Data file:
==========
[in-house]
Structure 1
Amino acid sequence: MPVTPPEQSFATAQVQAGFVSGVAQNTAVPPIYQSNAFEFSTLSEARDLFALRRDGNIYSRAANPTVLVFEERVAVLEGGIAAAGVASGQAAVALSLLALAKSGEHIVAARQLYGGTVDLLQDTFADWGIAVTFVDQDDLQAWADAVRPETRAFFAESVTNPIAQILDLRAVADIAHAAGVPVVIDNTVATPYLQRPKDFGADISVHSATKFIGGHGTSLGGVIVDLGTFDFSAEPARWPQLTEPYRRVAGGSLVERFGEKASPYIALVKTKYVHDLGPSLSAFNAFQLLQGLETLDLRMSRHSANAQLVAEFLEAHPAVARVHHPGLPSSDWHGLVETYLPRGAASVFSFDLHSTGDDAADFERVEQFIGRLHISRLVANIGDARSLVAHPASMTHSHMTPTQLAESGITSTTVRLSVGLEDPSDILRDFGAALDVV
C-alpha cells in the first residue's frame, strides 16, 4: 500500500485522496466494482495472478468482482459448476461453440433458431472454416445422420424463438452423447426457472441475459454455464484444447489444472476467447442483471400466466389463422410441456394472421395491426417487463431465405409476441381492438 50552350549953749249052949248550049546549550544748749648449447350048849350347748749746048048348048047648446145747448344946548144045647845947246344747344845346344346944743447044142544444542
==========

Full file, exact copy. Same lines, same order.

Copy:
[in-house]
Structure 1
Amino acid sequence: MPVTPPEQSFATAQVQAGFVSGVAQNTAVPPIYQSNAFEFSTLSEARDLFALRRDGNIYSRAANPTVLVFEERVAVLEGGIAAAGVASGQAAVALSLLALAKSGEHIVAARQLYGGTVDLLQDTFADWGIAVTFVDQDDLQAWADAVRPETRAFFAESVTNPIAQILDLRAVADIAHAAGVPVVIDNTVATPYLQRPKDFGADISVHSATKFIGGHGTSLGGVIVDLGTFDFSAEPARWPQLTEPYRRVAGGSLVERFGEKASPYIALVKTKYVHDLGPSLSAFNAFQLLQGLETLDLRMSRHSANAQLVAEFLEAHPAVARVHHPGLPSSDWHGLVETYLPRGAASVFSFDLHSTGDDAADFERVEQFIGRLHISRLVANIGDARSLVAHPASMTHSHMTPTQLAESGITSTTVRLSVGLEDPSDILRDFGAALDVV
C-alpha cells in the first residue's frame, strides 16, 4: 500500500485522496466494482495472478468482482459448476461453440433458431472454416445422420424463438452423447426457472441475459454455464484444447489444472476467447442483471400466466389463422410441456394472421395491426417487463431465405409476441381492438 50552350549953749249052949248550049546549550544748749648449447350048849350347748749746048048348048047648446145747448344946548144045647845947246344747344845346344346944743447044142544444542